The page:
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You are here : 3-RX.com > Medical Encyclopedia > Diseases and Conditions > Arrhythmias
      Category : Health Centers > Heart Diseases


Alternate Names : Irregular Heartbeat

Overview, Causes, & Risk Factors | Symptoms & Signs | Diagnosis & Tests | Prevention & Expectations | Treatment & Monitoring

An arrhythmia of the heart is an abnormality of the rhythm or rate of the heartbeat. The arrhythmia is caused by a disturbance of the normal electrical activity within the heart.

What is going on in the body?

Arrhythmias can be divided into 2 main groups: tachycardias and bradycardias. Tachycardias cause a rapid heartbeat, with over 100 beats per minute. Bradycardias cause a slow heartbeat, with less than 60 beats per minute. The rhythm of the heart may be regular during an arrhythmia. In other words, each beat of the atria, or upper chambers of the heart, is followed by one beat of the ventricles, or lower chambers of the heart. The beat may also be irregular and may begin in an abnormal area of the heart.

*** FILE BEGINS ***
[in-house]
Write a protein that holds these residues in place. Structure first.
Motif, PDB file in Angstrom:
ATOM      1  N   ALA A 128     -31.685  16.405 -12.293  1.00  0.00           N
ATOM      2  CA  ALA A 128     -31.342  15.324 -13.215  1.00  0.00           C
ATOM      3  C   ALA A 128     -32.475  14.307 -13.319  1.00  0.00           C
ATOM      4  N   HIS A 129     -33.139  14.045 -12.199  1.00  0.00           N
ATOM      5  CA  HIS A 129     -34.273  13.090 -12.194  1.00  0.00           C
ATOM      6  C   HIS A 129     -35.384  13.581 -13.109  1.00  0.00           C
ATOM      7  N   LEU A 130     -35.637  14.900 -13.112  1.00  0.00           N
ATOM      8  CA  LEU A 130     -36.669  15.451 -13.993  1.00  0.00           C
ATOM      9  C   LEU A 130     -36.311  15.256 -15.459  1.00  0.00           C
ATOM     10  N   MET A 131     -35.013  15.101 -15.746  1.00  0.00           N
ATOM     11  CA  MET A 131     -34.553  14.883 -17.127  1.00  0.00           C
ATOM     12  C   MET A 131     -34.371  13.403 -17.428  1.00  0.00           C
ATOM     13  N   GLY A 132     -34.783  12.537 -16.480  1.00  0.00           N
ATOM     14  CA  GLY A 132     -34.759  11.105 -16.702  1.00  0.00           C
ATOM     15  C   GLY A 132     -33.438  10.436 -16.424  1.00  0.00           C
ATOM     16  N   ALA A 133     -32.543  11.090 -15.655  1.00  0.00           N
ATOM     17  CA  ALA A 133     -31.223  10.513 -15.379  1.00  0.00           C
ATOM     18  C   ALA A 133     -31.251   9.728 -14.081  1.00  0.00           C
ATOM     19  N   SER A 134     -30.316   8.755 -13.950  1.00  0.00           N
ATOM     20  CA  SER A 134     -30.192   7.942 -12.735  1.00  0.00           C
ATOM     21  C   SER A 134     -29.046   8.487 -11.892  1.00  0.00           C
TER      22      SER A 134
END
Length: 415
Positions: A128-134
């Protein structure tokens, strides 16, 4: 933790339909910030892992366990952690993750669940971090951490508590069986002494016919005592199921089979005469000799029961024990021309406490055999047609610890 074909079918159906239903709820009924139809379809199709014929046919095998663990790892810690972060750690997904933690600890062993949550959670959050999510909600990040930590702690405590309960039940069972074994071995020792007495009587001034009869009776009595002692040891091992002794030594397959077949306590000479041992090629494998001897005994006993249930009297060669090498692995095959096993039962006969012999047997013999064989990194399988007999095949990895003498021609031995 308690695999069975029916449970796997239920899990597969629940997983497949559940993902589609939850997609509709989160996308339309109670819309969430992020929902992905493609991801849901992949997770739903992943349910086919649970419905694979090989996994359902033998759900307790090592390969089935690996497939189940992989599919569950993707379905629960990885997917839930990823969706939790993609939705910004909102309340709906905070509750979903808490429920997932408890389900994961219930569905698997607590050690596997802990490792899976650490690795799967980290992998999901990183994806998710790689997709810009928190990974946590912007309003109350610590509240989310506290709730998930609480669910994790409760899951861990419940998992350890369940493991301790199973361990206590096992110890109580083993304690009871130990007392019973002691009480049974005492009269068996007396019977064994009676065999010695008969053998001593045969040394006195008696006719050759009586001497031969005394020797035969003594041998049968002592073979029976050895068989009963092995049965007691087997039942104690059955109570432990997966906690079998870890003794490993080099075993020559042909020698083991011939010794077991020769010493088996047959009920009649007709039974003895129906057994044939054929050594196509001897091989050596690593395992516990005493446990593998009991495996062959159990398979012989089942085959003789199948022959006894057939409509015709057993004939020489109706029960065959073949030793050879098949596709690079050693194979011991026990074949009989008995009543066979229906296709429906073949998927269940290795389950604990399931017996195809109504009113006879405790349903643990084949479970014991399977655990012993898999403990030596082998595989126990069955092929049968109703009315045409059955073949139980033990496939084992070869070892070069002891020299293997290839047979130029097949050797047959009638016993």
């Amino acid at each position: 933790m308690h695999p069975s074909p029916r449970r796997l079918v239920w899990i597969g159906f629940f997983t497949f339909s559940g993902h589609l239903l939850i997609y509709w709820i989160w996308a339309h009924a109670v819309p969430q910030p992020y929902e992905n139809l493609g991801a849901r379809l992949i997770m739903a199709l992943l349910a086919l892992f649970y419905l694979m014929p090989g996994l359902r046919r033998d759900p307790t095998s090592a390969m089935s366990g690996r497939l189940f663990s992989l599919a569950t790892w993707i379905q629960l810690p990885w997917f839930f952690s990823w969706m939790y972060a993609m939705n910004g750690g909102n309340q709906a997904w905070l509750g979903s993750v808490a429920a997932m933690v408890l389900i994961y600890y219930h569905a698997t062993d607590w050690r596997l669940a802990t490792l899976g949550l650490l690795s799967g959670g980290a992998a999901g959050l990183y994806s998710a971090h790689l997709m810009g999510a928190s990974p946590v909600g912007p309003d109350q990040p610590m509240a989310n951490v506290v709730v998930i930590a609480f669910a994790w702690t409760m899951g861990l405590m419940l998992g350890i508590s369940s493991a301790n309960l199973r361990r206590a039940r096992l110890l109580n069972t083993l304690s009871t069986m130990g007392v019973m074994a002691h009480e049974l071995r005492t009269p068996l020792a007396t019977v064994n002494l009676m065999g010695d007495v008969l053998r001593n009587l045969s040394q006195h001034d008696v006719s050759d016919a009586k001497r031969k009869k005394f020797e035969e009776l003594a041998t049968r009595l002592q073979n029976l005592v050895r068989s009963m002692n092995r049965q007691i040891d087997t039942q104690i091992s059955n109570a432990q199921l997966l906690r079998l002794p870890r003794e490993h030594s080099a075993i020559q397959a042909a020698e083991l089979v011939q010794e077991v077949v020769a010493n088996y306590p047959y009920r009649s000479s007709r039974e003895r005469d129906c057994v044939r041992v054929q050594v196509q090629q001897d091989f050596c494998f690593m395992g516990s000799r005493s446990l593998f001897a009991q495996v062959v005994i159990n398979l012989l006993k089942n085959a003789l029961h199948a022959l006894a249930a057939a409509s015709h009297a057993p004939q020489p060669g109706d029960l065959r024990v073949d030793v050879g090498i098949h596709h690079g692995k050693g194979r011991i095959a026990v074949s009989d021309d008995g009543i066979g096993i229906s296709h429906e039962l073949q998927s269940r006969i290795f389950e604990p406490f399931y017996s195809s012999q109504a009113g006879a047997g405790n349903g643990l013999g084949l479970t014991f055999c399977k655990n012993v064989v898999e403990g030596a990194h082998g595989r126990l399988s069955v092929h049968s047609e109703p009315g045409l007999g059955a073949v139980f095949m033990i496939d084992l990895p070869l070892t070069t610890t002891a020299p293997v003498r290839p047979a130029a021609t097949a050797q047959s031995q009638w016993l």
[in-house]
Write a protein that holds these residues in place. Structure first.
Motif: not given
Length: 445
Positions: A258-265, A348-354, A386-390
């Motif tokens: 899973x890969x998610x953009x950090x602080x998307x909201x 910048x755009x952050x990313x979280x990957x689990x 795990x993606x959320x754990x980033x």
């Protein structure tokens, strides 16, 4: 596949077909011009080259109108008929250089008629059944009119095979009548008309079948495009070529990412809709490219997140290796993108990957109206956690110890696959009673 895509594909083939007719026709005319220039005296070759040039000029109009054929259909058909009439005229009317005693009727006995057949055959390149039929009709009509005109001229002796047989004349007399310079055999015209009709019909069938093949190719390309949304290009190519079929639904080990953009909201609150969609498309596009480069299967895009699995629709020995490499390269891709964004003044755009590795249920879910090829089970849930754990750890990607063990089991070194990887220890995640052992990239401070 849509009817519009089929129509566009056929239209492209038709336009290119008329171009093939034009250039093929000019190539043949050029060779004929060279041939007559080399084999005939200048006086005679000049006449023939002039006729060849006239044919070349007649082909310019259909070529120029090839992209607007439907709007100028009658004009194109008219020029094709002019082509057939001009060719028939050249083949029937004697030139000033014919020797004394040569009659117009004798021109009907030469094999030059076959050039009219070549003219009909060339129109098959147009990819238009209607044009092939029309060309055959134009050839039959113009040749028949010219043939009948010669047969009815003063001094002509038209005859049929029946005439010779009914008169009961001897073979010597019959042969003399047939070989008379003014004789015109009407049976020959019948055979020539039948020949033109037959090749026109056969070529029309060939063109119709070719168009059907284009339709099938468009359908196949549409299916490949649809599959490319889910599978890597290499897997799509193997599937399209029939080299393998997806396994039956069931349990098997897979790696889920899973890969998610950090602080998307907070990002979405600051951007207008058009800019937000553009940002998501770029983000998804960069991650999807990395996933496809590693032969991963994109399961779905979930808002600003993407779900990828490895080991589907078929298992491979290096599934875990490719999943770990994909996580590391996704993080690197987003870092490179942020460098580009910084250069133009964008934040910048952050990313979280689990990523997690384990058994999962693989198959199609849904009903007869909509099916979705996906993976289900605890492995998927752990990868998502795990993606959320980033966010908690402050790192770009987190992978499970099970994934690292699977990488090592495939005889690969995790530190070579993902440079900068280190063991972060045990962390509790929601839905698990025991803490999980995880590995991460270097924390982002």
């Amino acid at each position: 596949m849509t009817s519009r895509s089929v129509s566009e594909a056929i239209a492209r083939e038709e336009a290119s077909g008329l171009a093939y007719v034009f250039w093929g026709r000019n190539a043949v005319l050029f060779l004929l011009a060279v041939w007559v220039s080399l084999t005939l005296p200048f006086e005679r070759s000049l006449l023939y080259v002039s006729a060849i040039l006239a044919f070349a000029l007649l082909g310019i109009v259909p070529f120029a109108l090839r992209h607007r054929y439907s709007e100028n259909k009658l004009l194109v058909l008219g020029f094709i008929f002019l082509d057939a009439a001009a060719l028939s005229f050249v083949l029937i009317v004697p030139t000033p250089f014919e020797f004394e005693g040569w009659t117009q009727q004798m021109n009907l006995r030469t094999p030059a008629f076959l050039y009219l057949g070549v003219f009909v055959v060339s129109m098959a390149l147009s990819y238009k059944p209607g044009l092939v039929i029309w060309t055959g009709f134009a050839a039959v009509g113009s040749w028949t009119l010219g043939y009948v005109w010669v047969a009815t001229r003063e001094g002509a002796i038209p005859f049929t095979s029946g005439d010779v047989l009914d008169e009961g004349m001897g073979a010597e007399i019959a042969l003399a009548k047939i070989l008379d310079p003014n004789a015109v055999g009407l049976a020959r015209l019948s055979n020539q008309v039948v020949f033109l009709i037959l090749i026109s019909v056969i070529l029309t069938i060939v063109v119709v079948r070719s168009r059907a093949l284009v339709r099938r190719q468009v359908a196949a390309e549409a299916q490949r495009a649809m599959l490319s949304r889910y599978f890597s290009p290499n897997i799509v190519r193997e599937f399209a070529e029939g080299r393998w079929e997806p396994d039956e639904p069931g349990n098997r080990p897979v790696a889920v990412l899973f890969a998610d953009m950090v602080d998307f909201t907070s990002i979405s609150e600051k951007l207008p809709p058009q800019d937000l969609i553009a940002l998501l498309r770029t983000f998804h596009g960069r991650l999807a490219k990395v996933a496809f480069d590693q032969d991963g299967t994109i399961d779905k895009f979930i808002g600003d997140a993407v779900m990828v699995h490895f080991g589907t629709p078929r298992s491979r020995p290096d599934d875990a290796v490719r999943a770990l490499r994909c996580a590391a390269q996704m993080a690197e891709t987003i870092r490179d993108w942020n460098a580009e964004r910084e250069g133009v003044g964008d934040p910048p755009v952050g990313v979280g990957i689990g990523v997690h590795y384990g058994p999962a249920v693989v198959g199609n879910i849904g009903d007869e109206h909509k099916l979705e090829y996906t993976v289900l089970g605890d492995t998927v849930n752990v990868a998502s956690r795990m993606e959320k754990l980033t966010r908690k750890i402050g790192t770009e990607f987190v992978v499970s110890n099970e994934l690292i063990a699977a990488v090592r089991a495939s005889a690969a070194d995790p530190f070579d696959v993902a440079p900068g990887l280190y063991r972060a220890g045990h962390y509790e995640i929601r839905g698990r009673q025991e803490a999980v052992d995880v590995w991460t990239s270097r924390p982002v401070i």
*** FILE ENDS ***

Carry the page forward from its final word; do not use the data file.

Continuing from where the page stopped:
What are the causes and risks of the condition?

Most arrhythmias are caused by heart disease, including:

  • coronary artery disease, a condition in which atherosclerosis, or narrowing of the arteries, decreases the blood flow to the heart
  • disease of the heart valves, including infections known as endocarditis
  • disease of the tissue that surrounds the heart, such as bacterial pericarditis
  • congestive heart failure, a disorder in which a weakened heart fails to pump enough blood to body organs
  • Arrhythmias may also be caused by:

  • disease in the electrical system of the heart
  • chemicals such as adrenaline, alcohol, or caffeine
  • certain prescription medications, including tricyclic antidepressants, such as amitriptyline and nortriptyline
  • certain over-the-counter medications, such as pseudoephedrine
  • Arrhythmias may or may not be life threatening. In general, arrhythmias that begin in the upper part of the heart are less dangerous than those that begin in the lower chambers.


    Next section


    Arrhythmias: Symptoms & Signs

    Author: Marvin Kendrick, MD
    Reviewer: Eileen McLaughlin, RN, BSN
    Date Reviewed: 07/05/01

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